Thursday, March 6, 2014

The Reform of the Reform Grows Up

Lots of people have been talking about the Reform of the Reform lately.  Some think its "dead."  I think its actually just beginning,  except now with something nobody anticipated:  the best vehicle of liturgical reform is the Extraordinary Form.

Monday, February 24, 2014

Is Traditionalism a Fad?

A lot of controversy was generated by remarks believed to be uttered by the Holy Father, who is alleged to have viewed devotion to the Latin Mass, especially among the young, as a "fad" which will pass with time.  Whether or not the Holy Father made those remarks, they are common enough that many believe this.

Why is traditionalism such a hit with the young?  Why is the demographic for the Latin Mass skewing so far to young families, when it was believed (even during the promulgation of Summorum Pontificum!) that it would be a rarity mainly to be focused on older people?

That's what I look at today at Catholic Lane, providing a (very brief!) history of the traditionalist movement through official Church documents (The 1984 indult, Ecclesia Dei, then Summorum Pontificum) mixed with my own personal experiences, and no doubt the experiences of several other young traditionalists.

The short version:  It is up to each and every individual traditionalist to see to it that this devotion isn't a fad.

Thursday, February 20, 2014

New Project at Catholic Lane on the Wednesday General Audiences of Pope Francis

Catholic Lane willl be starting something new. Every week (with a slight delay so we can do the material) we will be covering the Wednesday General Audience of Pope Francis. I'd like to tenatively get some interest here, so here are some rough guidelines:

1.) 500-750 word limit.

2.) Focus on only 2-3 points made from the general audience. These are short, so if all we do is repeat the points the pope made, everyone can go to the Vatican Website for that.

3.) The more Scripture and Church Fathers you can incorporate while making it still sound like original material, the better.

4.) The ideal goal is for 3-4 writers to do this, so it would only be a once a month thing. Yet if more people sign up, we can have a different work schedule!

Over the next few days we will be publishing the first installment, so this should give you a better idea of what things should look like. If you are interested, feel free to respond here, or via email at kmtierney at gmailDOTcom or via Twitter @CatholicSmark

Wednesday, February 19, 2014

How Not to Refute Sola Scriptura

The latest installment of the Bad Evangelist Club is up and running over at Catholic Lane.  In it we look at a popular argument Catholic Apologists use to refute Sola Scriptura, and why it might not be the great argument some say it is.

Before anyone says anything, yes, I'm aware a man about to be canonized a saint made this argument.  No, that doesn't change anything.  We have a Magesterium for a reason, and that's because sometimes even holy saints say things which aren't strong arguments or sometimes just wrong.  Everyone should know this by now, so moving on!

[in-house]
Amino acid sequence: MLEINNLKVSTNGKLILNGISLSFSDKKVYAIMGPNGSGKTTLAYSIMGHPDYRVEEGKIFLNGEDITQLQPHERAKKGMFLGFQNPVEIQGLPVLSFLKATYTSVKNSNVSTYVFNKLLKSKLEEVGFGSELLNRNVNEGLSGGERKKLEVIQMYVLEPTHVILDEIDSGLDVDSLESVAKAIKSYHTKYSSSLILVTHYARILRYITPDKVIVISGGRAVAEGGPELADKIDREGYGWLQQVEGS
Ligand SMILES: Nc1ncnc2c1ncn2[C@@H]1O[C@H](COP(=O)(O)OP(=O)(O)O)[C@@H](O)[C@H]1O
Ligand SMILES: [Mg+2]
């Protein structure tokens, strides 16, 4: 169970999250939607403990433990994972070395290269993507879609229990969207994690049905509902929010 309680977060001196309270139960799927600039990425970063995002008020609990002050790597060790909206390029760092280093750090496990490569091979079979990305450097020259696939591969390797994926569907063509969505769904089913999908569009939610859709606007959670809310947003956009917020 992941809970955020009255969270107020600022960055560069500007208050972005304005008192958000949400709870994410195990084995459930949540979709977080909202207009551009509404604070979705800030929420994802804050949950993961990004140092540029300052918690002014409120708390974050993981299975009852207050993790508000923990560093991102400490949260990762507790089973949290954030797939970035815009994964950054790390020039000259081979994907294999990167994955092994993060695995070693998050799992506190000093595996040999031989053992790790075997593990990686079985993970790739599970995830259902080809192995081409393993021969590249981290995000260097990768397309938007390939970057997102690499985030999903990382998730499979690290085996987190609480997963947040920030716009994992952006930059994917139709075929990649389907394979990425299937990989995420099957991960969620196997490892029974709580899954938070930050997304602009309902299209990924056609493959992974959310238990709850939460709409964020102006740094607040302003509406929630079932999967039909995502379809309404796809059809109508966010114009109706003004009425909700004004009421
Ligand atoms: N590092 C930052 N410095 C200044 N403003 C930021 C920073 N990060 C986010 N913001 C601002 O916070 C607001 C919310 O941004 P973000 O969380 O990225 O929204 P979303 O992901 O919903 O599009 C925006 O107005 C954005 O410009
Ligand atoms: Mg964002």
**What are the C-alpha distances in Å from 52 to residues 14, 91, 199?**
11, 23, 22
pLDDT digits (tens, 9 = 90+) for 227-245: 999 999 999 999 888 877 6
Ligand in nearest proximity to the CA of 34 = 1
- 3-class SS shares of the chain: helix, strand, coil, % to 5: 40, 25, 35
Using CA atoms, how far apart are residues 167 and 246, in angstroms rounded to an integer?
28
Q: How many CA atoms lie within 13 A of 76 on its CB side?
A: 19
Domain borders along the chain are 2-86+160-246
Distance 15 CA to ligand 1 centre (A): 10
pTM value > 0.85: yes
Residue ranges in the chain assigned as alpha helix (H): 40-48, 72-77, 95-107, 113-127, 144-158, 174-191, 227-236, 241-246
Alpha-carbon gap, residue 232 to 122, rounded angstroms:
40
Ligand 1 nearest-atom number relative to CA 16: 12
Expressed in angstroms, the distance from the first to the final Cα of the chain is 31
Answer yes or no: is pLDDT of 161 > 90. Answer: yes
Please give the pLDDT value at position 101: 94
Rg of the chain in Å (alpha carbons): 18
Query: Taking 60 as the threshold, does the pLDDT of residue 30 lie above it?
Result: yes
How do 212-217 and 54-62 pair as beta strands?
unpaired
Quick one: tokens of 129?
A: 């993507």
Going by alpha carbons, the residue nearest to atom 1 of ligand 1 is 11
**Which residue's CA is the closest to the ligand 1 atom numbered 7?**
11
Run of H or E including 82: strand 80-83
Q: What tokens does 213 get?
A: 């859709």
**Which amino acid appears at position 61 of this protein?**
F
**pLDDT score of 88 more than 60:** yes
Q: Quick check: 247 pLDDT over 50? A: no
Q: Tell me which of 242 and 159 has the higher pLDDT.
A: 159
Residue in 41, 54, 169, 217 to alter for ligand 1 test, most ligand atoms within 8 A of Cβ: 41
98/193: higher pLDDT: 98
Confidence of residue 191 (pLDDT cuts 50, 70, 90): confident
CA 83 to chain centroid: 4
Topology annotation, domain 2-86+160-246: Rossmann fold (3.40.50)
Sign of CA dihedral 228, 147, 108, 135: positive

Friday, January 31, 2014

St. Pius X and the "Church of Nice"

That's the subject of my latest column at Catholic Lane today.  The term "church of nice" has been made popular by Michael Voris of ChurchMilitantTV.  It is a clever marketing gimmick (as is most of his work), but like most marketing gimmicks, it really lacks substance.  It is even more lacking when you compare the attitude he promotes to the attitude the saints and popes advise us to take.

Criticizing bad policy and bad prelates isn't the issue.  It is how you are doing it.  And quite frankly, they are doing it wrong.

Monday, January 27, 2014

Why the Modesty Debate is Horrible, and How I'm Trying to Change It

If there's one topic I've cared to debate in Catholic circles, it is the subject of modesty.  We don't think the subject of modesty through.  We argue about the length of swimsuits and dresses, about whether or not men are lust-filled monsters by virtue of being men or whether they are molded that way.  This debate is a traffic and combox magnet, but it's probably one of the least productive debates around.

Over at Catholic Exchange today, I try to change that.  In the first of a multi-part series, I focus on how immodesty begins in the heart.

Tuesday, January 21, 2014

Why Priests Should Celebrate the Extraordinary Form

Today at Catholic Lane, I make a call for priests to celebrate the Extraordinary Form.  There are lots of priests who think that since a Latin Mass is being celebrated in their reason, "traditionalists needs are being met" so they really don't have to get involved.  I hope they become involved not for our sake, but the sake of their vocation.